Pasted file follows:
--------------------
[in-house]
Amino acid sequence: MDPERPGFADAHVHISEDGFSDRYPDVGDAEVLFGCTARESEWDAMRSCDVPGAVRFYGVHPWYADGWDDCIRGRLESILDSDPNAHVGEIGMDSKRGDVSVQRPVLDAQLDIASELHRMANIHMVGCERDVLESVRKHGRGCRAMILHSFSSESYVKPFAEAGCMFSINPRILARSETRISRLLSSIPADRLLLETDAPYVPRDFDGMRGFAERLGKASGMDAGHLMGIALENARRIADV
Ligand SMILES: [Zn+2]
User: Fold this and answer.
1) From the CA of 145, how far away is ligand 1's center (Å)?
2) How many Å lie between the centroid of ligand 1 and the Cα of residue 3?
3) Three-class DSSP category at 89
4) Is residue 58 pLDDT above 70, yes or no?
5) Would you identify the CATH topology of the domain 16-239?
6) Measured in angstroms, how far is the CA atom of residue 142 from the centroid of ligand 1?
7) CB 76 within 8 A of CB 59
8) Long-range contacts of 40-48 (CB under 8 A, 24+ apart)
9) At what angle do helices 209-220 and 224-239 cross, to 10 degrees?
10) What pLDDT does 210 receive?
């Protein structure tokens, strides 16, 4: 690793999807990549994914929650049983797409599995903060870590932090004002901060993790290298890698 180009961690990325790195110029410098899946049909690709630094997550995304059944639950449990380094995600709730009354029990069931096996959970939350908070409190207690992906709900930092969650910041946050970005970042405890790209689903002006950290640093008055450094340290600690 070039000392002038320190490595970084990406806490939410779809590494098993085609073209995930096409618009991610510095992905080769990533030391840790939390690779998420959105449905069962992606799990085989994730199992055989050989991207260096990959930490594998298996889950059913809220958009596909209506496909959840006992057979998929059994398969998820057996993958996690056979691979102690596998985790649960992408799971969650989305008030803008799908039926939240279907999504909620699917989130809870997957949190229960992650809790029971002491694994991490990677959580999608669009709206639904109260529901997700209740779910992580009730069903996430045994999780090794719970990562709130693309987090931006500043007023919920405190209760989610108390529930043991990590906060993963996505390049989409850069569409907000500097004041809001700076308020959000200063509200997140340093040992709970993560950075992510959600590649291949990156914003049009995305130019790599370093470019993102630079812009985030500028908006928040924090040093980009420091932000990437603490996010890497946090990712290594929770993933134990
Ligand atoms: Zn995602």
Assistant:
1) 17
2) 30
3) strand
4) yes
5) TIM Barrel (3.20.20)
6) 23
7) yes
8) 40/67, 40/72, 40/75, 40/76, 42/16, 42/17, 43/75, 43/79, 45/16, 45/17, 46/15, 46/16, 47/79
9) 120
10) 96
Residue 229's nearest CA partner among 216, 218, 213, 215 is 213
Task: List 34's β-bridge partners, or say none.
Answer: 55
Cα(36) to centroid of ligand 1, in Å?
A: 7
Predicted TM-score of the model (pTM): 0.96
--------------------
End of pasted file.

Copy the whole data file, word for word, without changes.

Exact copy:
[in-house]
Amino acid sequence: MDPERPGFADAHVHISEDGFSDRYPDVGDAEVLFGCTARESEWDAMRSCDVPGAVRFYGVHPWYADGWDDCIRGRLESILDSDPNAHVGEIGMDSKRGDVSVQRPVLDAQLDIASELHRMANIHMVGCERDVLESVRKHGRGCRAMILHSFSSESYVKPFAEAGCMFSINPRILARSETRISRLLSSIPADRLLLETDAPYVPRDFDGMRGFAERLGKASGMDAGHLMGIALENARRIADV
Ligand SMILES: [Zn+2]
User: Fold this and answer.
1) From the CA of 145, how far away is ligand 1's center (Å)?
2) How many Å lie between the centroid of ligand 1 and the Cα of residue 3?
3) Three-class DSSP category at 89
4) Is residue 58 pLDDT above 70, yes or no?
5) Would you identify the CATH topology of the domain 16-239?
6) Measured in angstroms, how far is the CA atom of residue 142 from the centroid of ligand 1?
7) CB 76 within 8 A of CB 59
8) Long-range contacts of 40-48 (CB under 8 A, 24+ apart)
9) At what angle do helices 209-220 and 224-239 cross, to 10 degrees?
10) What pLDDT does 210 receive?
């Protein structure tokens, strides 16, 4: 690793999807990549994914929650049983797409599995903060870590932090004002901060993790290298890698 180009961690990325790195110029410098899946049909690709630094997550995304059944639950449990380094995600709730009354029990069931096996959970939350908070409190207690992906709900930092969650910041946050970005970042405890790209689903002006950290640093008055450094340290600690 070039000392002038320190490595970084990406806490939410779809590494098993085609073209995930096409618009991610510095992905080769990533030391840790939390690779998420959105449905069962992606799990085989994730199992055989050989991207260096990959930490594998298996889950059913809220958009596909209506496909959840006992057979998929059994398969998820057996993958996690056979691979102690596998985790649960992408799971969650989305008030803008799908039926939240279907999504909620699917989130809870997957949190229960992650809790029971002491694994991490990677959580999608669009709206639904109260529901997700209740779910992580009730069903996430045994999780090794719970990562709130693309987090931006500043007023919920405190209760989610108390529930043991990590906060993963996505390049989409850069569409907000500097004041809001700076308020959000200063509200997140340093040992709970993560950075992510959600590649291949990156914003049009995305130019790599370093470019993102630079812009985030500028908006928040924090040093980009420091932000990437603490996010890497946090990712290594929770993933134990
Ligand atoms: Zn995602």
Assistant:
1) 17
2) 30
3) strand
4) yes
5) TIM Barrel (3.20.20)
6) 23
7) yes
8) 40/67, 40/72, 40/75, 40/76, 42/16, 42/17, 43/75, 43/79, 45/16, 45/17, 46/15, 46/16, 47/79
9) 120
10) 96
Residue 229's nearest CA partner among 216, 218, 213, 215 is 213
Task: List 34's β-bridge partners, or say none.
Answer: 55
Cα(36) to centroid of ligand 1, in Å?
A: 7
Predicted TM-score of the model (pTM): 0.96